Music In The Three Operas

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Opera is defined as an art form in which singers and musicians perform a dramatic work combining text, the libretto, and musical score usually in a theatrical setting. The three operas in this assignment, Don Giovanni, La Bohème, and Wozzeck, all do just that; however, in comparing their storylines, their instrumentation, the effectiveness of the music telling the story, and the vocal aspects of the music, these operas are not completely alike. Mozart, with Lorenzo Da Ponte as the librettist, wrote Don Giovanni. It was based on a popular fictional character from the novel entitled Don Juan. La Bohème was written by Giacomo Puccini with librettists Luigi Illica and Giuseppe Giacosa. This opera was based on the novel Scènes de la vie de bohème…show more content…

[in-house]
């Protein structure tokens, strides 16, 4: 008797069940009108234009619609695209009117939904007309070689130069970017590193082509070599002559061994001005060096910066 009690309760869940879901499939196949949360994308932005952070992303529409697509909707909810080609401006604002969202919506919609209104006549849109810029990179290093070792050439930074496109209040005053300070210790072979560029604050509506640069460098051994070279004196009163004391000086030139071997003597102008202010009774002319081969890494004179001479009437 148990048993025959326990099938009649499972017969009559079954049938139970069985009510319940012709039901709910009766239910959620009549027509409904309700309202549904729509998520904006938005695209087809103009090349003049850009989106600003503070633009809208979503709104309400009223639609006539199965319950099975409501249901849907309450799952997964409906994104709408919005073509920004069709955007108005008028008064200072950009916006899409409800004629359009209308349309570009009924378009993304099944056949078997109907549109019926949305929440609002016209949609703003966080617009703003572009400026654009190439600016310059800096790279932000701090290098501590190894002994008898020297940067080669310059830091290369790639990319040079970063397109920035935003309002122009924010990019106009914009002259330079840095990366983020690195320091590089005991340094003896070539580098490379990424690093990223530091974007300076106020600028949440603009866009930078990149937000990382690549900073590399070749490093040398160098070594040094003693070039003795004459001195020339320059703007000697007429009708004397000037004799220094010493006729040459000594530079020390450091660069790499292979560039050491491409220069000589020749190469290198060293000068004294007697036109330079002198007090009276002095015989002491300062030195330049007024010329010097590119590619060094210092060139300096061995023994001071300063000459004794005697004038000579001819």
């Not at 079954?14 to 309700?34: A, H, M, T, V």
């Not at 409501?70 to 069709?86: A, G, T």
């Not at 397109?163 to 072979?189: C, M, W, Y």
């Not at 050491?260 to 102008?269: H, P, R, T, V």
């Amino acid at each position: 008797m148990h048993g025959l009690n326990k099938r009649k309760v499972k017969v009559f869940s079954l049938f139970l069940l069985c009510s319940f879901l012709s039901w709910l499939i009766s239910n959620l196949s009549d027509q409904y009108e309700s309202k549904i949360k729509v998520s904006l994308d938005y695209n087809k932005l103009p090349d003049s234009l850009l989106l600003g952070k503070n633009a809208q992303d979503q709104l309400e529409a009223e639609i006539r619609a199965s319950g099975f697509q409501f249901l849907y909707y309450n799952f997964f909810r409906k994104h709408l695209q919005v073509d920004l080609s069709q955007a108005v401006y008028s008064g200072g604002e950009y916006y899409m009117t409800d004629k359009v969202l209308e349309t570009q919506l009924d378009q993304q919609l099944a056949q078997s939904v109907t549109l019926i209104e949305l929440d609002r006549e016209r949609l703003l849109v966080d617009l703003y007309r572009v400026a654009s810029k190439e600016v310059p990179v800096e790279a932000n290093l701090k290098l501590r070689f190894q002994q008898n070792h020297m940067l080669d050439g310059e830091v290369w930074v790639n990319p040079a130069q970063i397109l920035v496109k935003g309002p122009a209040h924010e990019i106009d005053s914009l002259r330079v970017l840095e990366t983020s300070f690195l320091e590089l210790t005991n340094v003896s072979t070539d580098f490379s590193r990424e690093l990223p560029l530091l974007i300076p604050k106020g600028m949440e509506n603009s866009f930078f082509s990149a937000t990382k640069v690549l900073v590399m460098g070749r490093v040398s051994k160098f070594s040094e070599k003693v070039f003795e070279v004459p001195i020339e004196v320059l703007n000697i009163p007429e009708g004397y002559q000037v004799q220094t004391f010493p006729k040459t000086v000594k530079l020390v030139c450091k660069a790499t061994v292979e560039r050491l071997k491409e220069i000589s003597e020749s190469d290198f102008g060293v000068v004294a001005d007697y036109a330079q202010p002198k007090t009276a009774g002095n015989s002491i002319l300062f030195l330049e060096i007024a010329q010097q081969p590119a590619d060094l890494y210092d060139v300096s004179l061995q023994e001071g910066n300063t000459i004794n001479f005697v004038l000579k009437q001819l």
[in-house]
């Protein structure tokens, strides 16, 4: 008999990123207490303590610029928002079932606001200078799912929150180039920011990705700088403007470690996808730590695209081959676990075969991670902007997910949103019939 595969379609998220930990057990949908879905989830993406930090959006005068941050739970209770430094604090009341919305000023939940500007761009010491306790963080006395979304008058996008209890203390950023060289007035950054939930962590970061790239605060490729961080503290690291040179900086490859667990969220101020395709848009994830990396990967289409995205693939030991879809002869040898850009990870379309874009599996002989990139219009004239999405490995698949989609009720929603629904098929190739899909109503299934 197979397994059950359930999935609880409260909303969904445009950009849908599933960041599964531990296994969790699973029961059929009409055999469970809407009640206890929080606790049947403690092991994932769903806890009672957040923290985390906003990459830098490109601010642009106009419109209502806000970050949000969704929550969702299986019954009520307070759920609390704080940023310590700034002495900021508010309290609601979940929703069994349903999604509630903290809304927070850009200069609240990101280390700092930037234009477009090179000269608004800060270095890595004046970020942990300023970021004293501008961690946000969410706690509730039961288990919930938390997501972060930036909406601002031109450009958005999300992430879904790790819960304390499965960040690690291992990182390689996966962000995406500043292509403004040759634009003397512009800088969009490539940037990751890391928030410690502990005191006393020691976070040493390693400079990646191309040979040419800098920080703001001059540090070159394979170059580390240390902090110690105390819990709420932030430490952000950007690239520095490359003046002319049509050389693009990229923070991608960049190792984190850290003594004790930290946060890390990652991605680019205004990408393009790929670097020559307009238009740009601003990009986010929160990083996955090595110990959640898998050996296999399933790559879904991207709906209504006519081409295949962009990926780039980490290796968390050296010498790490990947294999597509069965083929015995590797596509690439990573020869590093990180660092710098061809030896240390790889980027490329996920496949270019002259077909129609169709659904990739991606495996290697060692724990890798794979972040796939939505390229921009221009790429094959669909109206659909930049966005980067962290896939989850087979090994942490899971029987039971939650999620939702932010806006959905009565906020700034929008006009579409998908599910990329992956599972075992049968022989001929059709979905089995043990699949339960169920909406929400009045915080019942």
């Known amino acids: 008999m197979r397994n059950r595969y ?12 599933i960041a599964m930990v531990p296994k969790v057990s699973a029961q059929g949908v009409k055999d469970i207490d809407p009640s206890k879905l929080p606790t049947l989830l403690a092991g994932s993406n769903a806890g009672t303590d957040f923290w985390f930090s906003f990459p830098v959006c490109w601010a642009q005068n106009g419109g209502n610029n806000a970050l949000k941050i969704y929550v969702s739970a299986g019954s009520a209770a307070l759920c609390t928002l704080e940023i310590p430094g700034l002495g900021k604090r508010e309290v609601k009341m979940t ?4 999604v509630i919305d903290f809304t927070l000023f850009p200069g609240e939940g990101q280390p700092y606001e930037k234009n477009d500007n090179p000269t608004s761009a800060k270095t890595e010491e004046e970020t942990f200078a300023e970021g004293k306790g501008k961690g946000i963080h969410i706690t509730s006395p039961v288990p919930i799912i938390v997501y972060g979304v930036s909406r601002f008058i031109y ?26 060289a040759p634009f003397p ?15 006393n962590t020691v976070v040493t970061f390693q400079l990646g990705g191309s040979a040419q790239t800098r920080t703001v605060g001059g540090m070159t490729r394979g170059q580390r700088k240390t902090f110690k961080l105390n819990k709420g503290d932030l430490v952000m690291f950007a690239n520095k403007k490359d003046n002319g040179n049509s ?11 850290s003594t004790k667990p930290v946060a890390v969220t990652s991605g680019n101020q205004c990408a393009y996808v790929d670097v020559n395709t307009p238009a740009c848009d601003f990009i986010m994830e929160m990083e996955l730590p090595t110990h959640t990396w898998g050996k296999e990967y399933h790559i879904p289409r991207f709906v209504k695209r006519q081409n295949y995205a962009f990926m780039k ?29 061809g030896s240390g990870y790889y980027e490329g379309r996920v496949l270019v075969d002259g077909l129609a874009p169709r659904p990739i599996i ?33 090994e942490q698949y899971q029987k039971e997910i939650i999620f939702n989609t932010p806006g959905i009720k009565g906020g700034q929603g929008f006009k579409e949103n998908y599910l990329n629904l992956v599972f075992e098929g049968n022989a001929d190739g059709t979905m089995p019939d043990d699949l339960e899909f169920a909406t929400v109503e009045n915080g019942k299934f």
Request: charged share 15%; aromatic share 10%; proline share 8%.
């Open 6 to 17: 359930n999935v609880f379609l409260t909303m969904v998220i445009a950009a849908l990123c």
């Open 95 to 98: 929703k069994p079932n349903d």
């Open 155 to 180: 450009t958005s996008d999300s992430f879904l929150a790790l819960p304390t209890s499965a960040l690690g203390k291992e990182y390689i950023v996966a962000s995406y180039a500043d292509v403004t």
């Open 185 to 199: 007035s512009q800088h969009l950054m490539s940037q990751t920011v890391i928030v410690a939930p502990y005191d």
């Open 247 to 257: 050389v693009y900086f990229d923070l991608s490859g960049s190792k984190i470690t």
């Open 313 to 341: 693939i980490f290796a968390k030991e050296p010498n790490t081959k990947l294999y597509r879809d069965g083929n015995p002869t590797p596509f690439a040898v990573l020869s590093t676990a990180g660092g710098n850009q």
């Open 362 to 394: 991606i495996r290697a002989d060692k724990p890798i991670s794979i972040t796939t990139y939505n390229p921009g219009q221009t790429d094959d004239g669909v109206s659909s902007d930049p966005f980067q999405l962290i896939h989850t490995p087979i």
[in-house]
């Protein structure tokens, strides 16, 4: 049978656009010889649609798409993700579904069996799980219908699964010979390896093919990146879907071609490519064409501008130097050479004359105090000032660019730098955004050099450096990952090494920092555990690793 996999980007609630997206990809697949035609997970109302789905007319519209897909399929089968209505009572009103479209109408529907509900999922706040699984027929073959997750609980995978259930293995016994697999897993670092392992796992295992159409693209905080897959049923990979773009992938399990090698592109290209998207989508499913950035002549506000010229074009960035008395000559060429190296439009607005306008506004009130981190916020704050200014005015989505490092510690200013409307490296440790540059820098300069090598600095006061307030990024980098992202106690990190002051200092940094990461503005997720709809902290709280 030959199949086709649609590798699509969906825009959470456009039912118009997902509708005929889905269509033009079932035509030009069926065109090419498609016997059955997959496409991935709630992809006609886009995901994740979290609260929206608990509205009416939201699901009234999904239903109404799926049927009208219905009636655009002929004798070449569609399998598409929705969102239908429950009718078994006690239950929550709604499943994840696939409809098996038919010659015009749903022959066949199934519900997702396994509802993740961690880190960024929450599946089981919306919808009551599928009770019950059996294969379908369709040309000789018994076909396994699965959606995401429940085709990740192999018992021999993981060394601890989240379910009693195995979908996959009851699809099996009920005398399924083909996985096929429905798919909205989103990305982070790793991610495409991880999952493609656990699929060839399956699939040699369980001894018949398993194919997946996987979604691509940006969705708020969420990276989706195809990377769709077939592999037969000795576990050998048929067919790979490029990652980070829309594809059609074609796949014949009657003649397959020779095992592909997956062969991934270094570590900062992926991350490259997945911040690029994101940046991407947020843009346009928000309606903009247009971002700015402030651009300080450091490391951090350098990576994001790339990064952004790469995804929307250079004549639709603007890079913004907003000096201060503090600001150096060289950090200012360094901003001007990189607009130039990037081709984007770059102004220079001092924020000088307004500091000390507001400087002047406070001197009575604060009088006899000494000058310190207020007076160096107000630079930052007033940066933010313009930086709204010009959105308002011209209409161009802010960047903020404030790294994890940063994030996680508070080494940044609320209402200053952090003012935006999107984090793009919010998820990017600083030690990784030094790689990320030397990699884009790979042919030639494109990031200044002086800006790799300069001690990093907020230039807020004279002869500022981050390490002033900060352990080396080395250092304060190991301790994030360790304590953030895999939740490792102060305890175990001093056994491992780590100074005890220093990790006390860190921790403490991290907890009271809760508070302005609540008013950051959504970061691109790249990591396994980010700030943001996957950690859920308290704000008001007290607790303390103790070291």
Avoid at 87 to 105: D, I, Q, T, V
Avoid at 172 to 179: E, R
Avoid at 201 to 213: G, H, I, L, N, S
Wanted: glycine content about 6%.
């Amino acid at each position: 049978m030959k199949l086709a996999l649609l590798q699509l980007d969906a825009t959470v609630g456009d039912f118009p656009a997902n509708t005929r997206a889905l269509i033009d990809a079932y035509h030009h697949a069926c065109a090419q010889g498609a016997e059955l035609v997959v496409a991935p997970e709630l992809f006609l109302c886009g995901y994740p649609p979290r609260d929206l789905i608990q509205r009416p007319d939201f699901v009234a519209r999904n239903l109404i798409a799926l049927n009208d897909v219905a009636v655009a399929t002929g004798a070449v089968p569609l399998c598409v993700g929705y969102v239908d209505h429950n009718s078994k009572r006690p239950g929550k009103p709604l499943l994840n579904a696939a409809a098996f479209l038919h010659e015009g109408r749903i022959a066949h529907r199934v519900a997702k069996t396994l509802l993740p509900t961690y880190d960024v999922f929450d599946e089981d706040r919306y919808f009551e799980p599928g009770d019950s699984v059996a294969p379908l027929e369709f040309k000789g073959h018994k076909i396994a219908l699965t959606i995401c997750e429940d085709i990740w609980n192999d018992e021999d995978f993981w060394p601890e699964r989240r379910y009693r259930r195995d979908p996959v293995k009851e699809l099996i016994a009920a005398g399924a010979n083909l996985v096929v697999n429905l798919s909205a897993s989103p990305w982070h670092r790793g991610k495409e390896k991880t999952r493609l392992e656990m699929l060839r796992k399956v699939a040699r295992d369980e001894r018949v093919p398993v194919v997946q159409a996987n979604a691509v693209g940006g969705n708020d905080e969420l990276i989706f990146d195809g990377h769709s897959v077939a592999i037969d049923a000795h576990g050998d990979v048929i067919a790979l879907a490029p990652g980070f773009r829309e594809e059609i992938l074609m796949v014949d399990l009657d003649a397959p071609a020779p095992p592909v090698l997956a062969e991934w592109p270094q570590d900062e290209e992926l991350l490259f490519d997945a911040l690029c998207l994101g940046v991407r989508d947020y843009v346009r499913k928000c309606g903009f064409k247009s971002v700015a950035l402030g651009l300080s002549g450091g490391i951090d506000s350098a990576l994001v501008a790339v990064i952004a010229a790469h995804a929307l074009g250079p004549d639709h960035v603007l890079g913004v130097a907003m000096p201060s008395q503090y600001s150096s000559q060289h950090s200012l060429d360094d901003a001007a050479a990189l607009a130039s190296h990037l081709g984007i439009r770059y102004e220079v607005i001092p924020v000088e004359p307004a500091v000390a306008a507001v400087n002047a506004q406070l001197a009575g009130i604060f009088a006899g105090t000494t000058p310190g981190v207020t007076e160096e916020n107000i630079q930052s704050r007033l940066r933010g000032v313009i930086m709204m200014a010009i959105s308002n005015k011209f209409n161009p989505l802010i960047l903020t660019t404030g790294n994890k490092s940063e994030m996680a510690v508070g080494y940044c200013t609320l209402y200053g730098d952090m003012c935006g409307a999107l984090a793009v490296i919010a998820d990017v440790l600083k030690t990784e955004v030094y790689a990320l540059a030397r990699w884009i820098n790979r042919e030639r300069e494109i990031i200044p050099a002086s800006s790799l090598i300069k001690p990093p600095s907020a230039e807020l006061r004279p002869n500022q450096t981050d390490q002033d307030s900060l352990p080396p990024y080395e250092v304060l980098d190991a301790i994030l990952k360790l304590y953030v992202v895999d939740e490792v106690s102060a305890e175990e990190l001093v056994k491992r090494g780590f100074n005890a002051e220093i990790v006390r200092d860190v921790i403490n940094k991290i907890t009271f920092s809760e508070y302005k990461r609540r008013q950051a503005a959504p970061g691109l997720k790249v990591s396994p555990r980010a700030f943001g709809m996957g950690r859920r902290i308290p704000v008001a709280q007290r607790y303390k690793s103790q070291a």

At times the music swells when Wozzeck is shouting about the murder he has just committed. The orchestra uses percussion instruments to help the audience understand the enormity of the event. The music also mirrors the character’s state of mind, that of confusion and panic. As Wozzeck slowly goes crazy, the music becomes more scattered, ebbing and flowing in and out of the melody, very disjointed, a perfect reflection of the vocals by the main character. Both simultaneously convey the message of the storyline. In Don Giovanni Act I, the opening music is very fast and loud, powerful and emotional causing the audience to wonder what is about to happen. Once the vocals begin, they reflect the emotions expressed by the instrumentation. It is apparent that this opera is from the classical era because of the use of the stringed and wind instruments. In La Bohème, the instrumentation sets the scene perfectly in Act 1. The music is almost like a folksong, very simple and pleasant. This music is easy to remember and easy to understand the events of the story. It is rich and romantic. Whenever the vocals begin, the audience is struck by the natural manner in which the characters converse. The aria by Rodolfo easily expresses the innocence of pure love. The vocals are the main focus of this opera with the instruments being used as more of a background in the storytelling role. The audience can follow the vocals almost like the script of a play. Unlike Don Giovanni, this opera was written in the Romantic

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